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Rural Oregon Credit Unions Intend to Merge in 2021

The Oregon-Idaho border Source: Shutterstock.

The $1.7 billion Rogue Credit Union and the $155 million Malheur Federal Credit Union said Thursday they are pursuing the opportunity to merge to serve the unique needs of members who live in rural Oregon and Western Idaho.

Rogue in Medford, Ore., and Malheur in Ontario, Ore., about 400 miles east of Medford, said they have signed a letter of intent to consolidate by 2021.

The credit unions said the merger will provide both memberships access to services across the state.

“After careful consideration, the board of Malheur Federal Credit Union determined that the best way to provide our members the service and value they deserve was to join with a community focused credit union that has the resources necessary to provide the technology and value our members desire,” Malheur said in a prepared statement. “This includes services such as expanded commercial lending, investment services and expanded digital offerings.”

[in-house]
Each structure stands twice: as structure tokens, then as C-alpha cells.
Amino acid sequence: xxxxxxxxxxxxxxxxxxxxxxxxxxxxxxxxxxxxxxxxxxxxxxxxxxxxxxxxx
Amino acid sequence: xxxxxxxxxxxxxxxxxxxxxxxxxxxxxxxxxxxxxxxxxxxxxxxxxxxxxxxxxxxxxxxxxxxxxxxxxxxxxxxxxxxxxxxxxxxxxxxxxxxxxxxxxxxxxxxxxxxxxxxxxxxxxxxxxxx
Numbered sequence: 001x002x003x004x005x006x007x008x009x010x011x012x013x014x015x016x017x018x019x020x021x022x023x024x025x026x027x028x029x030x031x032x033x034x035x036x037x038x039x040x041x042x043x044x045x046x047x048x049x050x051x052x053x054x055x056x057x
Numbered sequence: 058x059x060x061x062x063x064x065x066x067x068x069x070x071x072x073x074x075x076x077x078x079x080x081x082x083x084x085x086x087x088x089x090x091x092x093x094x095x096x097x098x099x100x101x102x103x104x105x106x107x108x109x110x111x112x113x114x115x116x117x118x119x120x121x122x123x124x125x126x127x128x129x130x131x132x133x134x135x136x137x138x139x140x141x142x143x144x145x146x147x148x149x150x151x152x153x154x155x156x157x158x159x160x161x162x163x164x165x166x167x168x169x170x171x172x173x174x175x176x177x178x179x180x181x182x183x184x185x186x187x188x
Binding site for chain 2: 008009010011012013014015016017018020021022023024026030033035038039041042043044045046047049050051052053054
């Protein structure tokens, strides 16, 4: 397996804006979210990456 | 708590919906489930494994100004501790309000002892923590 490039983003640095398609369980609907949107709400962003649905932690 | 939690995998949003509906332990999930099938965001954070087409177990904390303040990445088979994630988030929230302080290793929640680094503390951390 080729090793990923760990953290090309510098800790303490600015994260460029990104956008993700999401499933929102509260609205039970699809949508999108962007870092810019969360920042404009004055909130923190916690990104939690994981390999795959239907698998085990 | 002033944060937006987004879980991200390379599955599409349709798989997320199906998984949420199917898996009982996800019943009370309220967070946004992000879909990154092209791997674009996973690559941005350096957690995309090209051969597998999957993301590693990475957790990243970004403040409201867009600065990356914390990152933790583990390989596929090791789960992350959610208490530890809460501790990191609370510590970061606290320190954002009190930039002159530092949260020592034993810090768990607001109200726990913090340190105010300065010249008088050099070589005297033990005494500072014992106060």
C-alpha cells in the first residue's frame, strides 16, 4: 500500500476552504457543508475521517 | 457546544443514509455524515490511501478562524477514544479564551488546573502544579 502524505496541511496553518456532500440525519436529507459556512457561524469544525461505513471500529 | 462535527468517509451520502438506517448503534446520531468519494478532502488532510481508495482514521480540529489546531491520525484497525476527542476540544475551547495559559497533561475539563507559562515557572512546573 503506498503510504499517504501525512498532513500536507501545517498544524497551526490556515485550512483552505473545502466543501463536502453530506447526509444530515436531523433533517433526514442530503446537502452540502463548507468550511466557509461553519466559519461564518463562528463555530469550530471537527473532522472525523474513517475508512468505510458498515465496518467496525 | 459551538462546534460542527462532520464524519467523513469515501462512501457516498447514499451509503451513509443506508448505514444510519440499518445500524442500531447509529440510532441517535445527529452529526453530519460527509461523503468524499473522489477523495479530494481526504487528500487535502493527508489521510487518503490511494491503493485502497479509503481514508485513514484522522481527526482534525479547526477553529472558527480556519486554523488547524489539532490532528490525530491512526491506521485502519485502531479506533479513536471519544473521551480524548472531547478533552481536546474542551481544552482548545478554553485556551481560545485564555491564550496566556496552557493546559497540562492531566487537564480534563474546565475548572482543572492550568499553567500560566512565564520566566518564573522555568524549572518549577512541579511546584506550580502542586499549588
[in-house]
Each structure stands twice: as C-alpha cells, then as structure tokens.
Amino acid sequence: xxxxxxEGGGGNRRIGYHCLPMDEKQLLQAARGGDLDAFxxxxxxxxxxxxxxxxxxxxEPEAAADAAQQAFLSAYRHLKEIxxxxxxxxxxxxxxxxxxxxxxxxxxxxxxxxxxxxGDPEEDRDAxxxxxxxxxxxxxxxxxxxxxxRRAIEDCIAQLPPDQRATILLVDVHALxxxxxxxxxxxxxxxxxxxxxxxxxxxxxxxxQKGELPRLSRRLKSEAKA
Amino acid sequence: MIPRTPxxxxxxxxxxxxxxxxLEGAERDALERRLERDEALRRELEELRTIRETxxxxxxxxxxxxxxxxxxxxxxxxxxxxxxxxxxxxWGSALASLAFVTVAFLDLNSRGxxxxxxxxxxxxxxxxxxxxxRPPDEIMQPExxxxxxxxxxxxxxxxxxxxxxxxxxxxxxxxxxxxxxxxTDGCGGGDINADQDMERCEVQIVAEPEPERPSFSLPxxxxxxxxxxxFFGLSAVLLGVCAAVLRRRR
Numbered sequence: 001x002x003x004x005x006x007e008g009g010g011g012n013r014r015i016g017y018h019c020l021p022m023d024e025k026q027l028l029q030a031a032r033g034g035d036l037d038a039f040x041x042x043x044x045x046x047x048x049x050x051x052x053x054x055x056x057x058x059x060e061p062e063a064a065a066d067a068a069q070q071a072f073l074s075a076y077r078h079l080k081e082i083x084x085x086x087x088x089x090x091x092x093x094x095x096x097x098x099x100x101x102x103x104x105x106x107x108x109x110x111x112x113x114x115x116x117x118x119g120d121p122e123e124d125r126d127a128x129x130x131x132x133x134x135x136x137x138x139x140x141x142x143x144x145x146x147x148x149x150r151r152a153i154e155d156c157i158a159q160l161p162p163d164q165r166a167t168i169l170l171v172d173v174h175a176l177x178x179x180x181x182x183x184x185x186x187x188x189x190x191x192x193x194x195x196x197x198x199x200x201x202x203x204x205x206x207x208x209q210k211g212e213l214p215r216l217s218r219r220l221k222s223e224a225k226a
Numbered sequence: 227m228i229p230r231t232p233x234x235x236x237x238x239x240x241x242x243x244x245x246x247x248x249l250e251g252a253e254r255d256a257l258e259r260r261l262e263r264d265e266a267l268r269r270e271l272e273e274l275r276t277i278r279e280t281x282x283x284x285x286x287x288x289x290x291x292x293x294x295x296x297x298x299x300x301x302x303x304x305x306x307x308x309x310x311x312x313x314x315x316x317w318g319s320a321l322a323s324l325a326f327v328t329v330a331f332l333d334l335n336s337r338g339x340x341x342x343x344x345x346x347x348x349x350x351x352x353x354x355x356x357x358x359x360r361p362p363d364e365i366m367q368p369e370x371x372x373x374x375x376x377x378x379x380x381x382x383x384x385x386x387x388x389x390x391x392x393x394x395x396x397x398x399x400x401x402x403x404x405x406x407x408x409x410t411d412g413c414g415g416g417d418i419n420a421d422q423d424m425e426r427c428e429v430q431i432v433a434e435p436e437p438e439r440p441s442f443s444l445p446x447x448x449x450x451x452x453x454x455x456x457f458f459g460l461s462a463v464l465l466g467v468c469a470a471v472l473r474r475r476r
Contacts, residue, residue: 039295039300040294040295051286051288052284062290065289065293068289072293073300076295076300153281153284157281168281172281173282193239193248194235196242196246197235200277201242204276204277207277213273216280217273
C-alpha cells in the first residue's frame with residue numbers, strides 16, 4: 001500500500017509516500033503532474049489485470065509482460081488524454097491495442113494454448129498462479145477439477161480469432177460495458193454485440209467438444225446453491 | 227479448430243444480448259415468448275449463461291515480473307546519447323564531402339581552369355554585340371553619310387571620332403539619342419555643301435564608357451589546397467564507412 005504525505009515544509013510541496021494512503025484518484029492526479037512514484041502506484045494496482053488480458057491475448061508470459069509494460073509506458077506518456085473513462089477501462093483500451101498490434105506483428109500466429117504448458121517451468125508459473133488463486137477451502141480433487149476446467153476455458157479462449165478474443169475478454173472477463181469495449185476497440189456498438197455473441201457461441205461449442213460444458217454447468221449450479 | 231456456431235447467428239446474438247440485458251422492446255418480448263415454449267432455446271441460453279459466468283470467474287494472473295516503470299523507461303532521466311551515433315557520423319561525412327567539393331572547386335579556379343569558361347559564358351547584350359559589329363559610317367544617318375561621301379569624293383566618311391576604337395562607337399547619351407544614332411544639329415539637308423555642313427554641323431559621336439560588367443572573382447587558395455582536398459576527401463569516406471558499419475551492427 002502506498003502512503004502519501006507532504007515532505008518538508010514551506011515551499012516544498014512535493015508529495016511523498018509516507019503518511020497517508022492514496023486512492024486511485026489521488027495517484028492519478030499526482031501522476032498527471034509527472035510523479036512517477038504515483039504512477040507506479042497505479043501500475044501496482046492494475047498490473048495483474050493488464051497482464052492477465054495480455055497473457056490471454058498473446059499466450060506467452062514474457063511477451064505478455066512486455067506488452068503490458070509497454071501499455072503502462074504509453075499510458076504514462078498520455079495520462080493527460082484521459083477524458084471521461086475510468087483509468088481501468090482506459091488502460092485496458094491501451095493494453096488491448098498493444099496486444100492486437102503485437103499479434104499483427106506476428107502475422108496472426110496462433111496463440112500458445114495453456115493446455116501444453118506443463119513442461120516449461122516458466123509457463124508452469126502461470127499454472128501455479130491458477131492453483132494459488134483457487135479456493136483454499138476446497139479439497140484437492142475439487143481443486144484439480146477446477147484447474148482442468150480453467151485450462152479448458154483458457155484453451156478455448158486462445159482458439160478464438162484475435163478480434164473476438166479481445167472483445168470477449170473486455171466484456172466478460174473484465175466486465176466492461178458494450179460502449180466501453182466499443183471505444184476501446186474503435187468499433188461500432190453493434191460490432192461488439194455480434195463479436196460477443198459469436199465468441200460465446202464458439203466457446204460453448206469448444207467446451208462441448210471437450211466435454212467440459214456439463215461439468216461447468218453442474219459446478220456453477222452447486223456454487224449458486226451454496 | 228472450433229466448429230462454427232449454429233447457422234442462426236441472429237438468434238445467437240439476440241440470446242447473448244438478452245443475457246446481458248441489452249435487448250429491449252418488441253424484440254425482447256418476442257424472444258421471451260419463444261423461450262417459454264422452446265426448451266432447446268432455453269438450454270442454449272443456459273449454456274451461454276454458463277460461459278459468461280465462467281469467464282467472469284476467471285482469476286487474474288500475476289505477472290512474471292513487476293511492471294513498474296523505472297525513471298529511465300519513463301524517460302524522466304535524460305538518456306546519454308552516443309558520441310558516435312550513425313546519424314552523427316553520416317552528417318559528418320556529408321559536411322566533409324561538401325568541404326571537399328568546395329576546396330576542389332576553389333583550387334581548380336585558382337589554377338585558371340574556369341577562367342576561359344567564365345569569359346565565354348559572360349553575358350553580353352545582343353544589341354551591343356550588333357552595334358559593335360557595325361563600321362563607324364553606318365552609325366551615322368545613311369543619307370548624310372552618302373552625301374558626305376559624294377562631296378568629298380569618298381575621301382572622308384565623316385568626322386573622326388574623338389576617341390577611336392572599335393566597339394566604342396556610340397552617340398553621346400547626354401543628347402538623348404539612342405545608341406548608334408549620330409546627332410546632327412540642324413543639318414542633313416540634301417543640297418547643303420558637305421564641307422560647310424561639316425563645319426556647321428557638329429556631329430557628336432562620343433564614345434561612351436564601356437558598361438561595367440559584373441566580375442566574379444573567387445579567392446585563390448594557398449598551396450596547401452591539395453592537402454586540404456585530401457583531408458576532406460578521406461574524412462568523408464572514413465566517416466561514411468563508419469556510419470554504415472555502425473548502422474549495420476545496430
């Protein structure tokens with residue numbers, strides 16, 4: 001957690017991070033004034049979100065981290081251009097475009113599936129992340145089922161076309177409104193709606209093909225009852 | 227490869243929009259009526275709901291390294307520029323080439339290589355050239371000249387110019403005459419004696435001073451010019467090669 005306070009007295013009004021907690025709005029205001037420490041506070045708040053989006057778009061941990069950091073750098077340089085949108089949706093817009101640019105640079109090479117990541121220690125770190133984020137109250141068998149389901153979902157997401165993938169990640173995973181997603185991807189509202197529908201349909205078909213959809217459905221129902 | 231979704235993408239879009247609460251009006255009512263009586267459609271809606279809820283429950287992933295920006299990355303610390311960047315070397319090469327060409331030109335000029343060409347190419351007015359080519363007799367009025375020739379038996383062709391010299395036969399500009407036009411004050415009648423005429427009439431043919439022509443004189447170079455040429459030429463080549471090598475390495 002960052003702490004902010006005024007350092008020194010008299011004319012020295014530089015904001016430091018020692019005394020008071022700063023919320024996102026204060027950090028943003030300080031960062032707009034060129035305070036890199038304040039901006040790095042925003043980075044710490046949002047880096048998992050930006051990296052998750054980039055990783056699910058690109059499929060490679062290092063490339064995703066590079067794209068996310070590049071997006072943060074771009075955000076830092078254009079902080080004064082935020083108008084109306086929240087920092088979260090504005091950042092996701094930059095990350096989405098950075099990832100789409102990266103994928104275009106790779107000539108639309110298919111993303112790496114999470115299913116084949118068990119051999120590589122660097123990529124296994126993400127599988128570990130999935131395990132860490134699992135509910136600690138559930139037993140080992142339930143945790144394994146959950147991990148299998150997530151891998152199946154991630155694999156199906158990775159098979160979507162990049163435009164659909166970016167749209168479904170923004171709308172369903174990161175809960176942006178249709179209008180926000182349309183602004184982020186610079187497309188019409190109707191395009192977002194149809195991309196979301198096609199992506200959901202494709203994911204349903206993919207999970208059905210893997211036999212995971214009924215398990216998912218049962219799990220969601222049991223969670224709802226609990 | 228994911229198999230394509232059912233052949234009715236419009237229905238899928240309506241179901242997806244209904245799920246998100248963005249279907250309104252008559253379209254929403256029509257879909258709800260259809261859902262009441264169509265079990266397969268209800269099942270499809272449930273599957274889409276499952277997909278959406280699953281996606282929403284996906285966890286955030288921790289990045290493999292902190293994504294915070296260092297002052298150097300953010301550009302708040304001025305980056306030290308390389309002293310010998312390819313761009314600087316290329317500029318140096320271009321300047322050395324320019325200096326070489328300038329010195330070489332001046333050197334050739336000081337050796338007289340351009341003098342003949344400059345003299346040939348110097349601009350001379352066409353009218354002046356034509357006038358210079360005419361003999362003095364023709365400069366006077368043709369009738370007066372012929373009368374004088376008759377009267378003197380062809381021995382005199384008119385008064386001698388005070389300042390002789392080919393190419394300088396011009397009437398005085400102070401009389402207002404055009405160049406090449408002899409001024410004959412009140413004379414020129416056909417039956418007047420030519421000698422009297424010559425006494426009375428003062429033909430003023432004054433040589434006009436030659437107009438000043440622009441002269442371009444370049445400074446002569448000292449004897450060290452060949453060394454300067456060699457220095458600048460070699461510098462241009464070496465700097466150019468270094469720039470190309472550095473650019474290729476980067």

The due diligence process, currently underway, will determine whether both credit unions will agree to take the next steps to consolidate.

Fifty-one Malheur employees work at five branches, three in Oregon and two in Idaho, serving a membership of nearly 14,000.

“We are excited about this opportunity to partner with one of the top performing credit unions in the nation,” Malheur Board Chair Roger Yasuda said. “They are a credit union deeply committed to the communities they serve and will retain the same level of dedication to the Malheur communities.

Rogue has 442 employees operating 14 branches and six high school branches, and serving a membership of more than 146,000.

At this time, Rogue plans to retain employment for all Malheur staff and locations, according to a prepared statement.

“This partnership will allow us to continue to strengthen for the future and expand our field of membership,” Rogue President/CEO Gene Pelham said. “We will keep the local hometown feel of focusing on our members, while creating the advantages consumers expect from larger institutions,”

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